Caring for Haitian Orphans with Aids
Marie Denis-Luque enjoys her job as a research project manager in the Jiann-Ping Hsu College of Public Health at Georgia Southern University. But she said she found her true calling many miles away in a place she once called home. She is the founder and executive director of Caring for Haitian Orphans with AIDS, a home in Port-au-Prince, Haiti, that cares for HIV-positive children.
When she was just 15, Denis-Luque arrived in Tallahassee, Fla., from Haiti with her two sisters to live with her father, stepmother and their two children. A return visit to Haiti in 2003 when she was beginning research as a public health graduate student at the University of South Florida changed the course of her life’s journey. In Port-au-Prince, she met Valcuse, a 13-year-old HIV-positive girl who was living in a hospital courtyard because her guardian had abandoned her. “I put myself in her shoes and started thinking, ‘What if my dad hadn’t gone to the United States — a lot of what-ifs — this could have been me,’” Denis-Luque said. According to UNAIDS, the Joint United Nations Programme on HIV/AIDS, between 13,000 and 16,000 children ages 14 and younger are living with HIV in Haiti. For many of them, that diagnosis is a death sentence because their access to antiretroviral drugs is limited. Denis-Luque adds that because they have HIV, some kids are treated as outcasts. “They are taken advantage of because their parents are dead and the people entrusted to care for them such as a neighbor or an aunt or uncle will use them to collect money from aid agencies, and then leave them at hospitals when they get sick,” she said.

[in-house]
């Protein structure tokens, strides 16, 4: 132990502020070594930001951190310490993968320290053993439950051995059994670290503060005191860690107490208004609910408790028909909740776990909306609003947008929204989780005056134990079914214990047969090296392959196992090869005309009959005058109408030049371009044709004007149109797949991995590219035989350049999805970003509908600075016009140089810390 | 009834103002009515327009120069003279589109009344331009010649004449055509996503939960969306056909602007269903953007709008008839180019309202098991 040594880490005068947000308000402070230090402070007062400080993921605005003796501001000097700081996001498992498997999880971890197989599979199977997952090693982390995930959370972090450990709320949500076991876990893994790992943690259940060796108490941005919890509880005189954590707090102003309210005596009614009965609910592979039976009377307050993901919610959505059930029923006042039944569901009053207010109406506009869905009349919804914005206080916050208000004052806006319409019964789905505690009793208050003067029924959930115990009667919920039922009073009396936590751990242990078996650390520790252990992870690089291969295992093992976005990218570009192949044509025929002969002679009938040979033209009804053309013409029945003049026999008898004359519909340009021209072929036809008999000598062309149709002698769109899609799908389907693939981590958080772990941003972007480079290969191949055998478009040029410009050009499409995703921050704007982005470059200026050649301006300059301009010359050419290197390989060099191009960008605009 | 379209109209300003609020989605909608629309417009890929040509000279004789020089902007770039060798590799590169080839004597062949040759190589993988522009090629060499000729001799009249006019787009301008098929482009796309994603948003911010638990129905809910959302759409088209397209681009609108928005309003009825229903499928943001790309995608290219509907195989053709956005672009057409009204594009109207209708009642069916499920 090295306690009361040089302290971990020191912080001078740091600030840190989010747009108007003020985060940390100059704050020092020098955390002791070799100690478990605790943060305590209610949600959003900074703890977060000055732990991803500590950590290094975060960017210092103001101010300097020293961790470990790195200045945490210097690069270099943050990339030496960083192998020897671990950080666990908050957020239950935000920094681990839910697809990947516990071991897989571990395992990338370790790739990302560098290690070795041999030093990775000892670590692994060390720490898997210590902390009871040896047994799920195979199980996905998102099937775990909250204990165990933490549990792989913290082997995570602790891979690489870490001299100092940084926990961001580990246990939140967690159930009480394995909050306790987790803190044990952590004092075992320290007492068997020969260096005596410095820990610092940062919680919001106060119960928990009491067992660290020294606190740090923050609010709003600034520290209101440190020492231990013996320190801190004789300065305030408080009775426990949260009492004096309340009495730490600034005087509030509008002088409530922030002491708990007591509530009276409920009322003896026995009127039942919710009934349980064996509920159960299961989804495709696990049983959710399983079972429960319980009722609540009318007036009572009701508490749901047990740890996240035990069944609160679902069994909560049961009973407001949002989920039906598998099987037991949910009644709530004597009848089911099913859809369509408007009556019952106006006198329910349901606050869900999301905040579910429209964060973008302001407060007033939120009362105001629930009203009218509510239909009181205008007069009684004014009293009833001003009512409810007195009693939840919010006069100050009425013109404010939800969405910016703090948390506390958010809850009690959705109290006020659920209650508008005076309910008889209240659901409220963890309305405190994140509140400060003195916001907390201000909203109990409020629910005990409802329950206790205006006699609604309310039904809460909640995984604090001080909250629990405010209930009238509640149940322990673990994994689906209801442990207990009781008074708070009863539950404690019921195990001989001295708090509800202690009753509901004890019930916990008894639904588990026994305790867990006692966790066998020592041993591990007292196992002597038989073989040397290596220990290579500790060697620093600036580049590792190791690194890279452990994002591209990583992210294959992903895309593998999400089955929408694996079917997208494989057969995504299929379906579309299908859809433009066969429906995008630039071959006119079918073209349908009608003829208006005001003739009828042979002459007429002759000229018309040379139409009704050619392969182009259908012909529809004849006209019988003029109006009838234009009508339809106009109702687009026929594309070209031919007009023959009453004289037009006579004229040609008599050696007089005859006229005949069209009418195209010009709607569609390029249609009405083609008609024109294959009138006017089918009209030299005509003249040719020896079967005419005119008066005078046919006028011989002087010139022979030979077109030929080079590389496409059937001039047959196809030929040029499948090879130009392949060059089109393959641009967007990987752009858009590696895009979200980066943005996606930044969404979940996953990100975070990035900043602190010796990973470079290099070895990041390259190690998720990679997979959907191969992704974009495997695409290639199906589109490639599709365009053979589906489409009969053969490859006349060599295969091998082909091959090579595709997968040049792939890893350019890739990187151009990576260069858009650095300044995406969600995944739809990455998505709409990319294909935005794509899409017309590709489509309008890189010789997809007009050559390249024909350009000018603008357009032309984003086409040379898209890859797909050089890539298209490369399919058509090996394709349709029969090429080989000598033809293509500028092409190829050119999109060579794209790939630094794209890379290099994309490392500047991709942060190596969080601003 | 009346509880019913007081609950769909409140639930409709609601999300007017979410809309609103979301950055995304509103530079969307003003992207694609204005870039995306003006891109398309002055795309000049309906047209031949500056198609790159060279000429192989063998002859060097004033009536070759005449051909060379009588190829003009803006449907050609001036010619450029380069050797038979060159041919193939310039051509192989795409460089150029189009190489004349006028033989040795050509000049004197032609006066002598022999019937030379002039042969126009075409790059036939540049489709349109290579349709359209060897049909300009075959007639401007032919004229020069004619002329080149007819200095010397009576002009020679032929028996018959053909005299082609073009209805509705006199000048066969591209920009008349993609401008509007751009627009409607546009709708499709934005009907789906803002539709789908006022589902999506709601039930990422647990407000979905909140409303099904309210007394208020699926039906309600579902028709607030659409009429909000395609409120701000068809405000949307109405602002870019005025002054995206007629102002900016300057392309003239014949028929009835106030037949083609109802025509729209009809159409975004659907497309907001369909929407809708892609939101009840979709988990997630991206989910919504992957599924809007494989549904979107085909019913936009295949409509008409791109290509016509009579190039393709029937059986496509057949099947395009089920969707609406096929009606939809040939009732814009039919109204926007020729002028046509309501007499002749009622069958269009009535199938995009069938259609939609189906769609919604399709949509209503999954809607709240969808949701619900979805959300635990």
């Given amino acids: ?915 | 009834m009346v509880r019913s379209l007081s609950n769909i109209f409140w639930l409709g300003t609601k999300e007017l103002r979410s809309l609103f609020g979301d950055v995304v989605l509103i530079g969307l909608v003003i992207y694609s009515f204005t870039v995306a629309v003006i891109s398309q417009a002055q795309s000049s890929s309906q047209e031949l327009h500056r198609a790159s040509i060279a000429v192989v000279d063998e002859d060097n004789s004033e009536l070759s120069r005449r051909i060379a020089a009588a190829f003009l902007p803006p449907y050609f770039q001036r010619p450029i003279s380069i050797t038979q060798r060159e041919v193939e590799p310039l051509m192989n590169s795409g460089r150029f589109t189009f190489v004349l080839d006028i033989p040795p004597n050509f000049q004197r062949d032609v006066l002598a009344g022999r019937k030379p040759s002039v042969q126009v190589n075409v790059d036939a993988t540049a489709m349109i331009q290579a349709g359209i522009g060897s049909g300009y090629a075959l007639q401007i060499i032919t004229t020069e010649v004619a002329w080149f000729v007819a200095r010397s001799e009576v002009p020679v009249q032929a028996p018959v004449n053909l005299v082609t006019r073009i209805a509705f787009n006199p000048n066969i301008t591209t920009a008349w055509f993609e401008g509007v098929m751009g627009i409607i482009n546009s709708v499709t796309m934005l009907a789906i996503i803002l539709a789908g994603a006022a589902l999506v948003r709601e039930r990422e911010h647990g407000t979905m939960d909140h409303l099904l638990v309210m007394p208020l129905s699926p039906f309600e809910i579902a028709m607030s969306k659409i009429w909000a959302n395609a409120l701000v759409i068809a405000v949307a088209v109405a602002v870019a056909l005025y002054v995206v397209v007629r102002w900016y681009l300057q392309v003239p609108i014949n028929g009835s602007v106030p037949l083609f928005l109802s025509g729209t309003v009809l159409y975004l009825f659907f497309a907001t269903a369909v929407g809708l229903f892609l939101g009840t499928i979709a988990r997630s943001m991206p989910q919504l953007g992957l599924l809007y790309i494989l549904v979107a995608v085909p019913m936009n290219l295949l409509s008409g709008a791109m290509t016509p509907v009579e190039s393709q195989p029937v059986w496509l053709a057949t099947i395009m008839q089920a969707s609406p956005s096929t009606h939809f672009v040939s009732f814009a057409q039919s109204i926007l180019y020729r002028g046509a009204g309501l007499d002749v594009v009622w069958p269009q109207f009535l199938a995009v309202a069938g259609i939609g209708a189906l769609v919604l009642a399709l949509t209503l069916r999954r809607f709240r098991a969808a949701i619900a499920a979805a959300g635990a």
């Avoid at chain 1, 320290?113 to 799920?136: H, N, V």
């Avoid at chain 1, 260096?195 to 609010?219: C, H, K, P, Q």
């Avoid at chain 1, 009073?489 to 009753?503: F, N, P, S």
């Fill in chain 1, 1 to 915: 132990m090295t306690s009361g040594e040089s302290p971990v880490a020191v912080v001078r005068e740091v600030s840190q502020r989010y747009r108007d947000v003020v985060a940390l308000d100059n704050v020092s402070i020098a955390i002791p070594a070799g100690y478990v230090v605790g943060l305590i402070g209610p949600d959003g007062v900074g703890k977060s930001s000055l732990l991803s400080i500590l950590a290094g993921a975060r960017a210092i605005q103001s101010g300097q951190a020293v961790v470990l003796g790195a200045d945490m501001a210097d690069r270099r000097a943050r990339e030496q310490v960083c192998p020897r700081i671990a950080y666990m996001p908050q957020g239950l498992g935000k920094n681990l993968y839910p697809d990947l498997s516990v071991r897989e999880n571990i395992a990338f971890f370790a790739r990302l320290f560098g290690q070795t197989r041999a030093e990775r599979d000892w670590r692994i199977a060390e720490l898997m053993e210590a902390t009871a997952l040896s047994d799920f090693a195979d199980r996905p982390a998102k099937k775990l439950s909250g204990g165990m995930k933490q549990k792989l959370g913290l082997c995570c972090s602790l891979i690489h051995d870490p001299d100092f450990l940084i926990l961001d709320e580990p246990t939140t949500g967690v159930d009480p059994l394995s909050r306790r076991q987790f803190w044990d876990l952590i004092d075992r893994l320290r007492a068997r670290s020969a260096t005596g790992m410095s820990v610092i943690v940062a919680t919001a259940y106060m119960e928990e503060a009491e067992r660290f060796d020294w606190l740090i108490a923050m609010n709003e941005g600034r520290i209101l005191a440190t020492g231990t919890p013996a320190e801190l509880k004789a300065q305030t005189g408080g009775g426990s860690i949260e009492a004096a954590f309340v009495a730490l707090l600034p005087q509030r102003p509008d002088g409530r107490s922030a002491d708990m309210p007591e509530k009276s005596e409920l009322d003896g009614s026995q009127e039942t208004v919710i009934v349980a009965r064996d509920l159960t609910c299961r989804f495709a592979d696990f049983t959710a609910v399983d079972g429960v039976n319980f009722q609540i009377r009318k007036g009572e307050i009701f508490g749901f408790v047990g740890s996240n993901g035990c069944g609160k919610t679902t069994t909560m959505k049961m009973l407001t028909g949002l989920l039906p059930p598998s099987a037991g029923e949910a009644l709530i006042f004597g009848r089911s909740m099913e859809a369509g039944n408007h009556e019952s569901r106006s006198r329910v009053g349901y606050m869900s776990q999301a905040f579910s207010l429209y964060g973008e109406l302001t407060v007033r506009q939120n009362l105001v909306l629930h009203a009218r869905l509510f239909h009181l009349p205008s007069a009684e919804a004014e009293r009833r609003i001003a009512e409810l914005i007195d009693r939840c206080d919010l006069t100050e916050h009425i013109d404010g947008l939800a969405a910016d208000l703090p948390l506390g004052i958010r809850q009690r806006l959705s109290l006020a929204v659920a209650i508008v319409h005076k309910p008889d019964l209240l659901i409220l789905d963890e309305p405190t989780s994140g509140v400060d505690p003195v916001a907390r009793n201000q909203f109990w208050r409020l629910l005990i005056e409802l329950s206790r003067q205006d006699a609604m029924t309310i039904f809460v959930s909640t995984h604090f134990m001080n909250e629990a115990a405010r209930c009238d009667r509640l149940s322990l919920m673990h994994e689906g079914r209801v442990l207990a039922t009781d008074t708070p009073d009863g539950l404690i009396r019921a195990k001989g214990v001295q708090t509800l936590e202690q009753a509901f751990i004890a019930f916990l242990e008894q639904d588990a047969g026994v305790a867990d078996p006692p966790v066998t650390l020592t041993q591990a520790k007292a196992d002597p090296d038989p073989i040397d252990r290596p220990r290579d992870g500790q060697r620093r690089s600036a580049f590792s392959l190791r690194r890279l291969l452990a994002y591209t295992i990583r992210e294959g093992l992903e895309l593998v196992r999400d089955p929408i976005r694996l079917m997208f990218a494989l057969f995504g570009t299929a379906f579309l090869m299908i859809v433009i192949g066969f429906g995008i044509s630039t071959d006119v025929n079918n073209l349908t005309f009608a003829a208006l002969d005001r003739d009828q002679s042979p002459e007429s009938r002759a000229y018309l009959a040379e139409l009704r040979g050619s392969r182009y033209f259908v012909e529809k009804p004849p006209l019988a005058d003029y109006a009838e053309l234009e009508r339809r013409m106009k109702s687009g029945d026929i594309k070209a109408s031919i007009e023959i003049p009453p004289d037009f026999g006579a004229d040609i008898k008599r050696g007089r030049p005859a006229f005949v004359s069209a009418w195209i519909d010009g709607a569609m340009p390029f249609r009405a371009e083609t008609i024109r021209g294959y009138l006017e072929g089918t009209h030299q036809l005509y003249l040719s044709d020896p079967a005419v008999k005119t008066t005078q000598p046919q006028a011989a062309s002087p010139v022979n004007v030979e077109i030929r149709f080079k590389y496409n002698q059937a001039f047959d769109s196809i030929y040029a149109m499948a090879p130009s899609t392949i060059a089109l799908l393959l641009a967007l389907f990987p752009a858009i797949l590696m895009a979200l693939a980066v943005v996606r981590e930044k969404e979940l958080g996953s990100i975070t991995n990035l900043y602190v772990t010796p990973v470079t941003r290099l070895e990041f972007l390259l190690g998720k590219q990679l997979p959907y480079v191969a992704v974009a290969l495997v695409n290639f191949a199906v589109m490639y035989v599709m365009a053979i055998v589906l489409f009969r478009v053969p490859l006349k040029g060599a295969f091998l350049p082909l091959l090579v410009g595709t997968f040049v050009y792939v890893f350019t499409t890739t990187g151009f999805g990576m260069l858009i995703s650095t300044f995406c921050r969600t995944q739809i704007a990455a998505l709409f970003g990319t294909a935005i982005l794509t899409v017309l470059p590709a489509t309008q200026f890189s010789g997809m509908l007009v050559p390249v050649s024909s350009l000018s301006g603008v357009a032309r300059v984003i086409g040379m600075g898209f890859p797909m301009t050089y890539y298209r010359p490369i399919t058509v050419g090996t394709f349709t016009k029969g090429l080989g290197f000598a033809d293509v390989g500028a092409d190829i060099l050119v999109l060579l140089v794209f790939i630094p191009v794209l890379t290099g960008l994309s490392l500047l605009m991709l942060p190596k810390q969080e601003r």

Denis-Luque said Valcuse’s story haunted her for weeks. When she returned to Florida, she raised $500 from friends and family and sent it to the nurse and counselor who first introduced her to Valcuse, who has since died.
But the girl’s desperate situation prompted Denis-Luque to create a special home for HIV-positive kids, and a model of care in which HIV-positive women would serve as live-in “house mothers” for the orphans.
“We provide everything like a mom and dad would provide,” Denis-Luque said. “They go to school with the other children in the community and we pay the costs.”
Thirty-six children have found a home at Caring for Haitian Orphans with AIDS since it opened its doors nine years ago. Currently, 14 girls and six boys share a three-bedroom rental duplex with a courtyard. They are cared for by a full-time project coordinator, three live-in “house mothers,” a part-time nurse, a tutor and an unpaid volunteer. Several of the youngsters are critically ill, but others are thriving. “When you go to the house, you see kids jumping around, reading, singing and doing things that all children do,” Denis-Luque said. “I want them to have normal lives.” Her main challenge, she said, is “funding to keep the home operating. We really rely on the kindness of people’s hearts for funds. I want people to know that a lot of work can be done for just a little money. This past year, it cost us about $60,000 to run the organization and that included a small stipend for our dedicated staff, schooling for the kids, hospital care, housing and everything.” The home for orphans with AIDS gets some outside help from a few church organizations in the U.S., but the home’s director hopes for more donations and assistance from other unpaid volunteers. “I want this place to outlast me,” Denis-Luque said.
For more information about the home, visit www.choaids.org. For more information about HIV in Haiti visit http://www.unaids.org/en/regionscountries/countries/haiti/.